New York City based graffiti arists, Mint and Serf, create spray-painted canvases. Looking like a torn up mess, this is exactly how they want them. Their paintings explore graffiti reduced down to its most primal and weaponized form, raw and fearless, filled with a savage elegance and narcotic gleam.
Born in Moscow and Brooklyn respectively, Mint and Serf, a.k.a. The Mirf, are Mikhail Sokovikov and Jason Aaron Wall. The two met as teenagers in Bensonhurst, Brooklyn, where Serf was born and Mint moved with his family from Moscow in 1990. In years to come, the duo took to the streets of New York City, which has served as a canvas for their creative vision and work that transverses relationships between street art and civic spaces.
Mint and Serf are a visually dangerous anomaly in a scene dominated by artists who polish and objectify graffiti to make it pleasant for consumption. Their intuitive artwork challenges the tenuous relationship between graffiti and contemporary art. Mint and Serf’s paintings have been likened to sections of wall ripped from a seedy dive-bar bathroom or an abandoned property. There is an intense authenticity to this work, a gritty realness that is often missing from graffiti-based fine art. These layers of paint, ink and paper contain fragmented tags and phrases that are not merely gestures chosen for their decorative value. At their core these paintings are rooted in the action of graffiti, rather than simply the aesthetic.
For Mint and Serf the creative process is one of collaboration, occasionally involving other members of their crew, including the Peter Pan Posse or PPP. In these instances and for the perfect degree of sordidness, the canvases are worked over many late whisky-fueled night sessions in the studio, with successive layers building organically the way they would on the street. In other cases the artists wield a tight curatorial control over the creation process, combining just the right amount of torn paper and scrawl to create dark, powerful work that is more lyrical. ‘The moments that these canvases capture are really sporadic and very raw and aggressive,’ says Mint.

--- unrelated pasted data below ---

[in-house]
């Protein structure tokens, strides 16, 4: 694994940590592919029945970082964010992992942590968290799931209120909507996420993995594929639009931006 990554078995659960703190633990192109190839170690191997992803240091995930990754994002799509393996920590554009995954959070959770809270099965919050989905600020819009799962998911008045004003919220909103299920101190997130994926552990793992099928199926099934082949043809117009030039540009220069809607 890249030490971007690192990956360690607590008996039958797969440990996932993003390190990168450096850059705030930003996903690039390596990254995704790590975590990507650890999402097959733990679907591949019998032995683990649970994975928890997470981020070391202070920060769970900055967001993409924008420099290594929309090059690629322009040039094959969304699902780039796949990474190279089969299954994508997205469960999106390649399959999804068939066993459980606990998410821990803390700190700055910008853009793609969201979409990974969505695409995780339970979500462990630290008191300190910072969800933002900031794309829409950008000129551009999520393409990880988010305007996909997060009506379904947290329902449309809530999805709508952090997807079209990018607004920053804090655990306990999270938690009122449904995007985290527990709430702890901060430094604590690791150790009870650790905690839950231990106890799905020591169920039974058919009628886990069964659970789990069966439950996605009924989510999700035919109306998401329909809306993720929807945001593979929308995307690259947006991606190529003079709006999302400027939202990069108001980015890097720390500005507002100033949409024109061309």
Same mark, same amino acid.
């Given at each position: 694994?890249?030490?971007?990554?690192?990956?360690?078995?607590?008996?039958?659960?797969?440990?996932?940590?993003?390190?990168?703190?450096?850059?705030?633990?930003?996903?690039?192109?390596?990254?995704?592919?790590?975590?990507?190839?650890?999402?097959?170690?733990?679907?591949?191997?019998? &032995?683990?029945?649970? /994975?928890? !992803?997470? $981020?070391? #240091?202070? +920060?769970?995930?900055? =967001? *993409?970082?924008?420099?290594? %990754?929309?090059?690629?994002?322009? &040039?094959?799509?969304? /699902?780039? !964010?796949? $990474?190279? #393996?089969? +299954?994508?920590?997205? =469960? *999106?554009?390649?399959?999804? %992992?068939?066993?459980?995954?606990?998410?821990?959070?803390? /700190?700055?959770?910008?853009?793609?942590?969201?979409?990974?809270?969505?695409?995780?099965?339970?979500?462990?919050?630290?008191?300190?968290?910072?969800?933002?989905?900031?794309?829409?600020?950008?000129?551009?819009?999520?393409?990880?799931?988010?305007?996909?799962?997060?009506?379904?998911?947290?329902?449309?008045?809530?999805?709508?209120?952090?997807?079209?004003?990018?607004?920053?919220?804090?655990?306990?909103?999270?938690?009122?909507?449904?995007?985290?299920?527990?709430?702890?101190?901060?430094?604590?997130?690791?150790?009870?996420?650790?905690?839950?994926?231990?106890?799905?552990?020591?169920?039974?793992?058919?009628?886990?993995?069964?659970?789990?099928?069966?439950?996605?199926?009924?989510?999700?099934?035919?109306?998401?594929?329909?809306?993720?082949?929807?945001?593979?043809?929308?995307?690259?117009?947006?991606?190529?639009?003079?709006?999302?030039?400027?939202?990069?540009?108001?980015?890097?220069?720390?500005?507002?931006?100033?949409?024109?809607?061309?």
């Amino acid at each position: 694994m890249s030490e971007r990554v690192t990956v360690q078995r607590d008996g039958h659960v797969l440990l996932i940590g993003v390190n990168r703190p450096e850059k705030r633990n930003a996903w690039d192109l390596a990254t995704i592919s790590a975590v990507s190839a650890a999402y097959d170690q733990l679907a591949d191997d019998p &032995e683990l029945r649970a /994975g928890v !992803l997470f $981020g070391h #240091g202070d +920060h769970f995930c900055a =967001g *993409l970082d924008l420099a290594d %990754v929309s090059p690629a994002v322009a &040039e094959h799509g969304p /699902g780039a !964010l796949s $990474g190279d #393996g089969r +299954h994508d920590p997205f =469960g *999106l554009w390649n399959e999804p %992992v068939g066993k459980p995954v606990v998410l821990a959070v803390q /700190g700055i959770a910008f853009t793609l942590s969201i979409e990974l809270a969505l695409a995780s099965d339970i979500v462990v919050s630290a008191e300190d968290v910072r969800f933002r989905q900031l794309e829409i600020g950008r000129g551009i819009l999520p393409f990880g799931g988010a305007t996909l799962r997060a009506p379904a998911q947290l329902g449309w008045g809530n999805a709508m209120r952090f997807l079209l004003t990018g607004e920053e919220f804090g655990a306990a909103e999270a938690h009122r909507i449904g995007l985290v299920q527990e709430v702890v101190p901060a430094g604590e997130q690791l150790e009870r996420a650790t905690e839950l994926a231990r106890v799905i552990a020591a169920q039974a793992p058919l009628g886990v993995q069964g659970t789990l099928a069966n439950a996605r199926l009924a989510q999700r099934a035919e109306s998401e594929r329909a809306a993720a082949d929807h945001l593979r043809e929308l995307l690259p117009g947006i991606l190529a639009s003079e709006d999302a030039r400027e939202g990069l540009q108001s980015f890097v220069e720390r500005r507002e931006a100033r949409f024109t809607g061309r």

Though years of graffitiing have landed them in jail more times than they can count, their work suddenly became legitimate when they landed a corporate commission in 2003. That led to collaborations with suave brands including the Ace Hotel, Marc Jacobs, Soho House, and even the New York Yankees, but soon they became frustrated with the sleek designs these collaborations demanded. Mint and his often literally partner in crime Serf have continued to produce a vast range of artwork including large-scale murals, paintings, sculpture, photographs, graffiti and nightlife experiences. Mint and Serf have been featured in ARTFORUM, Artinfo, NYMag, The New York Post, Interview Magazine, Huffington Post, ARTNET, Dossier Journal, The DailyMail, Vice, Paper, ANIMAL, Complex, Mass Appeal, Gothamist and Blackbook. Their book Support, Therapy, and Instability was published in 2013 with essays by Carlo McCormick (Paper) and Cat Marnell (Vice / Elle).
The duo continues to live and create in New York.